The company restructured at the start of 2008 into five business areas: Business and Market Development, led by Encik Omar Merican, COO; Regulations, led by Selvarany Rasiah, chief regulatory officer; Market Operations, overseen by Devanesan Evanson, chief of market operations; Corporate Services, led by Puan Nadzirah Abdul Rashidin, CFO; and Technology and Systems, headed by Yew Kim, chief technology officer.[4]

In September of 2009, CME Group Inc. and Bursa Malaysia Bhd. formed a minority share swap to promote trading of Malaysian contracts outside of Southeast Asia. Under the agreement, CME Group took a 25 percent stake in Bursa Malaysia Derivatives. The agreement also allows Bursa Malaysia products to be traded on CME's Globex platform. The first product listed was a dollar-denominated version of BMD Crude Palm Oil futures.[5] In September 2010, Bursa Malaysia Derivatives migrated onto CME Globex.[6]

Bursa Malaysia's brokers were approved to do business directly with U.S. investors following a June 2010 ruling by US regulator the CFTC.

In January 2015 the CFTC issued an order of registration to Bursa Malaysia under which the exchange is permitted to provide its members or other participants located in the U.S. with direct access to its electronic trading system to trade agricultural commodity, interest rate and security index futures and options.[7]

Products Traded

The company is regulated by the Securities Commission Malaysia. The company also operates an offshore center, the Labuan International Financial Exchange (LFX), created in November 2000.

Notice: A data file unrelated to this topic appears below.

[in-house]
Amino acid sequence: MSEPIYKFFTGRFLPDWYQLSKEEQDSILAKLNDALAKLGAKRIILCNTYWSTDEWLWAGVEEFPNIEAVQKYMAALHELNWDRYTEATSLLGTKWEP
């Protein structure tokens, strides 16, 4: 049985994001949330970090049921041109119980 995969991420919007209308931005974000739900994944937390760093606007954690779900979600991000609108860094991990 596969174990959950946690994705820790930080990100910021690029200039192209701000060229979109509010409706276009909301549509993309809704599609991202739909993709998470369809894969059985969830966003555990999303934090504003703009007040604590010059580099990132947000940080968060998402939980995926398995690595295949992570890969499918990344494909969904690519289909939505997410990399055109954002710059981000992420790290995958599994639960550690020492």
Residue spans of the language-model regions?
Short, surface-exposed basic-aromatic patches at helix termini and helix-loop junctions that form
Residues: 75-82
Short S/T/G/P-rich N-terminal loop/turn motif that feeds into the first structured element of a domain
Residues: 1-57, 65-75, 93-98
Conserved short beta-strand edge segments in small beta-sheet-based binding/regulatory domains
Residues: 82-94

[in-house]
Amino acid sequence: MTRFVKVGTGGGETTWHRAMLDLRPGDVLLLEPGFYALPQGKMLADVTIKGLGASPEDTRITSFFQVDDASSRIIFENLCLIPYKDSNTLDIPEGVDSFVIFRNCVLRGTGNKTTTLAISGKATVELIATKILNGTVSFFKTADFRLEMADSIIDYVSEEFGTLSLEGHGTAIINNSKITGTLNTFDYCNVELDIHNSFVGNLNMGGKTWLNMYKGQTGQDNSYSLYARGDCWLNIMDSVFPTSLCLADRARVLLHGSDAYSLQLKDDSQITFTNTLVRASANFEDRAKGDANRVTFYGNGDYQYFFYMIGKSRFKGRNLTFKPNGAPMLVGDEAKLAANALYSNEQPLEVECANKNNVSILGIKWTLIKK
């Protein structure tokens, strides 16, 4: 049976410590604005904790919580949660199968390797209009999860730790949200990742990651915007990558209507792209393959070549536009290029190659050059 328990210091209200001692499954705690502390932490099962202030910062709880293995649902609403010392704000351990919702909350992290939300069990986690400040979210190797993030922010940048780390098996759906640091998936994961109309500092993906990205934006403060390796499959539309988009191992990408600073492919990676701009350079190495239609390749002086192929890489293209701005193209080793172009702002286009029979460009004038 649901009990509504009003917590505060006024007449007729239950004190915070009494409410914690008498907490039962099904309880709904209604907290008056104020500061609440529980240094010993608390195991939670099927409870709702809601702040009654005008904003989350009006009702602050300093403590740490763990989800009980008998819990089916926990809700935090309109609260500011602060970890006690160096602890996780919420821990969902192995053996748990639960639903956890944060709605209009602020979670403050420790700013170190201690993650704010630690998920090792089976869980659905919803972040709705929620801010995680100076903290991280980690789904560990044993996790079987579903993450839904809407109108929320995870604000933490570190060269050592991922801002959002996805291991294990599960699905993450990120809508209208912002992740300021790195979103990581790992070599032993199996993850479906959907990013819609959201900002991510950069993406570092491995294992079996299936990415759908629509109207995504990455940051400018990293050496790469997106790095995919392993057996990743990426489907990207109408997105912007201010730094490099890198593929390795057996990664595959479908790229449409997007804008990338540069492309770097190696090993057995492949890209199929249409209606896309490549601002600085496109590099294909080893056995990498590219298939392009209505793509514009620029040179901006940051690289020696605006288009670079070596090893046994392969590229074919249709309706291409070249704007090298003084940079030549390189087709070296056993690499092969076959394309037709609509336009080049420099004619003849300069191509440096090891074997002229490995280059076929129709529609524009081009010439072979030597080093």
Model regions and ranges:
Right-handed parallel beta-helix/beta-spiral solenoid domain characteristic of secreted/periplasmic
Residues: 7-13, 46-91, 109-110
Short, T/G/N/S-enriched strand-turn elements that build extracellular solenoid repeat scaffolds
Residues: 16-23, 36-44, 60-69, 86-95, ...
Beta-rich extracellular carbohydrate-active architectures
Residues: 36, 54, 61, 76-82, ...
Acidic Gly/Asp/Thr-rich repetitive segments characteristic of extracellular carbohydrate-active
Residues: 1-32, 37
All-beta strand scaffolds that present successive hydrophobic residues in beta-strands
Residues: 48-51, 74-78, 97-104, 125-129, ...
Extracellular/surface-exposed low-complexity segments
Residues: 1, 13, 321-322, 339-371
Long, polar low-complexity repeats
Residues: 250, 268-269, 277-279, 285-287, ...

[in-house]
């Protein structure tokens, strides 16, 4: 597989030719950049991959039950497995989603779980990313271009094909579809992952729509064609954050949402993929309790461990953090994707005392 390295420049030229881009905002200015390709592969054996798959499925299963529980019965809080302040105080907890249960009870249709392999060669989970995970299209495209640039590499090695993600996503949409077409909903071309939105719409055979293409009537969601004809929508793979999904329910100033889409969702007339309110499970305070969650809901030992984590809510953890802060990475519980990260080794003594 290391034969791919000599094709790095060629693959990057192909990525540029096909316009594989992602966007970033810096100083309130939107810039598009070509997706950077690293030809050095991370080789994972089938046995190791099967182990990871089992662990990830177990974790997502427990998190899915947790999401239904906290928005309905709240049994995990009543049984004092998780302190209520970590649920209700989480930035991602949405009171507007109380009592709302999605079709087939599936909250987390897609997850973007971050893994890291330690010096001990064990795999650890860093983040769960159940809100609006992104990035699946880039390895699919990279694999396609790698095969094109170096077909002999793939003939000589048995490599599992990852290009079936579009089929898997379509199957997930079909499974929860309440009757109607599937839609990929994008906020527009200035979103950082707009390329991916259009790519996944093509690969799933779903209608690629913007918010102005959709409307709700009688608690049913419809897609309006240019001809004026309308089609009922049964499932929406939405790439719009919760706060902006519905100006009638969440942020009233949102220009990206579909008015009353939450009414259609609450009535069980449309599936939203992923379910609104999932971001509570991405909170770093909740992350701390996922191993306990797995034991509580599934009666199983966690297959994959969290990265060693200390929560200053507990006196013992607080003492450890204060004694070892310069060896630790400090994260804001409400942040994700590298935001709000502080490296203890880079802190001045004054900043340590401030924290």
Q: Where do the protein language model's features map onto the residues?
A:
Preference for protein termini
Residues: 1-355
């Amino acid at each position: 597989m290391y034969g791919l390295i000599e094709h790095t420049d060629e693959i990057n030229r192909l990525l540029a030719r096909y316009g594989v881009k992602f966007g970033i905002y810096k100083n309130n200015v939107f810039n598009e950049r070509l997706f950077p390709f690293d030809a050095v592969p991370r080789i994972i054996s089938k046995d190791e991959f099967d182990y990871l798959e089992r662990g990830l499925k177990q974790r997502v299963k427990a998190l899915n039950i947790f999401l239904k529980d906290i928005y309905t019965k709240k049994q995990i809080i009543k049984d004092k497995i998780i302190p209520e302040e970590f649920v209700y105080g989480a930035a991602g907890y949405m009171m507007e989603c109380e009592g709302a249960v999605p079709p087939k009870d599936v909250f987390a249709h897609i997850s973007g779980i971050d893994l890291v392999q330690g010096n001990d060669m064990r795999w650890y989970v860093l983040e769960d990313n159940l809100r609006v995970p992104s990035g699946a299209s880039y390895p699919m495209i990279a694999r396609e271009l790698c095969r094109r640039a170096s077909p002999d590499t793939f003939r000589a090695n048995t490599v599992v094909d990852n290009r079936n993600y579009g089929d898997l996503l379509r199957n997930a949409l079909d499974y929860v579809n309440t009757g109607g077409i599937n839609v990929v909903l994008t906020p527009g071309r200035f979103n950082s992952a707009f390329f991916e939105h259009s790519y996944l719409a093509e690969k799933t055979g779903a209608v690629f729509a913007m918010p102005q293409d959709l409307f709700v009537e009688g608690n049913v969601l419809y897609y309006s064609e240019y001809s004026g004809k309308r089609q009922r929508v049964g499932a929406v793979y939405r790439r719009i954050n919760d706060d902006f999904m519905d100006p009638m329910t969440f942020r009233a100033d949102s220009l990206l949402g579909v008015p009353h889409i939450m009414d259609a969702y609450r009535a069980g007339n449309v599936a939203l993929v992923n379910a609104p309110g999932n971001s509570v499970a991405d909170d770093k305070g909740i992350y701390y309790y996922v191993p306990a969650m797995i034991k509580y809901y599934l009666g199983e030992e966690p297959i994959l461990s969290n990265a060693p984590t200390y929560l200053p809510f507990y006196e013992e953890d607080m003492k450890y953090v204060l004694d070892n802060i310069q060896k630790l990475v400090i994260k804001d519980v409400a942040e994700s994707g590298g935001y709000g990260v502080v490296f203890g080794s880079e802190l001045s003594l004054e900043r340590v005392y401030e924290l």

Futures and options on the Kuala Lumpur Composite Index are the largest part of the derivatives complex, which also includes futures on crude palm oil, crude palm oil kernel, 3,5 and 10-year MGS Futures and three-month KLIBOR futures. Single-stock futures were launched in April 2006 which, like the crude palm oil futures, are Shariah-compliant.

Crude Palm Oil Futures were launched in October 1990, and became a popular product and a benchmark used for global palm oil pricing. [8] Malaysia and its neighbor Indonesia are the two biggest palm oil producers.

In October 2014, the exchange said it would relaunch its government bond and interest rate contracts by the end of the year. A five-year Malaysian government securities future was traded on the exchange previously but was suspended in 2013 because it had not been active for some time.[9]

Key people

Amirsham A. Aziz, Chairman Tajuddin Atan, CEO K. Sree Kumar, Acting CEO, Derivatives